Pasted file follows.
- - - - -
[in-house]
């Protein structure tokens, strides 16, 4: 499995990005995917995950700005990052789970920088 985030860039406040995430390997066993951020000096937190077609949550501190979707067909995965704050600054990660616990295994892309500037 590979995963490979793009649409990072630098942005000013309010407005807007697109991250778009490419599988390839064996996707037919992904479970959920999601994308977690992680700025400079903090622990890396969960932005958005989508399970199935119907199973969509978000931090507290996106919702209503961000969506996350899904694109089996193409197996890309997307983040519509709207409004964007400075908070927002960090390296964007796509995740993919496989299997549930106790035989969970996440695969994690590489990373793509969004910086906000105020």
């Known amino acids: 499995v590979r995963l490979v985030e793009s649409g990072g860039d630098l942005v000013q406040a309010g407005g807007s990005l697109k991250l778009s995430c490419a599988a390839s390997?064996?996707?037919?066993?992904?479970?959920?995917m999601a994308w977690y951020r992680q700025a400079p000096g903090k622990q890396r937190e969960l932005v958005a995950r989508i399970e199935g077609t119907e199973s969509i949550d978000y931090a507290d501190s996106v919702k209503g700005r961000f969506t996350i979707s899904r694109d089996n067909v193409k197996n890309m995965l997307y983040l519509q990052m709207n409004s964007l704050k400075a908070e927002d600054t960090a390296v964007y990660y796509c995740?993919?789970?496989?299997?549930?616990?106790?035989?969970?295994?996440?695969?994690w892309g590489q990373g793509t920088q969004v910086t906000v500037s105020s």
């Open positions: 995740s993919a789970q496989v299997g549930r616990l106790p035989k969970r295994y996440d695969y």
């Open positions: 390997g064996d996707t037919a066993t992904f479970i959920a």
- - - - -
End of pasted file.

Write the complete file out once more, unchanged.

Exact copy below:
[in-house]
């Protein structure tokens, strides 16, 4: 499995990005995917995950700005990052789970920088 985030860039406040995430390997066993951020000096937190077609949550501190979707067909995965704050600054990660616990295994892309500037 590979995963490979793009649409990072630098942005000013309010407005807007697109991250778009490419599988390839064996996707037919992904479970959920999601994308977690992680700025400079903090622990890396969960932005958005989508399970199935119907199973969509978000931090507290996106919702209503961000969506996350899904694109089996193409197996890309997307983040519509709207409004964007400075908070927002960090390296964007796509995740993919496989299997549930106790035989969970996440695969994690590489990373793509969004910086906000105020």
């Known amino acids: 499995v590979r995963l490979v985030e793009s649409g990072g860039d630098l942005v000013q406040a309010g407005g807007s990005l697109k991250l778009s995430c490419a599988a390839s390997?064996?996707?037919?066993?992904?479970?959920?995917m999601a994308w977690y951020r992680q700025a400079p000096g903090k622990q890396r937190e969960l932005v958005a995950r989508i399970e199935g077609t119907e199973s969509i949550d978000y931090a507290d501190s996106v919702k209503g700005r961000f969506t996350i979707s899904r694109d089996n067909v193409k197996n890309m995965l997307y983040l519509q990052m709207n409004s964007l704050k400075a908070e927002d600054t960090a390296v964007y990660y796509c995740?993919?789970?496989?299997?549930?616990?106790?035989?969970?295994?996440?695969?994690w892309g590489q990373g793509t920088q969004v910086t906000v500037s105020s």
């Open positions: 995740s993919a789970q496989v299997g549930r616990l106790p035989k969970r295994y996440d695969y």
């Open positions: 390997g064996d996707t037919a066993t992904f479970i959920a």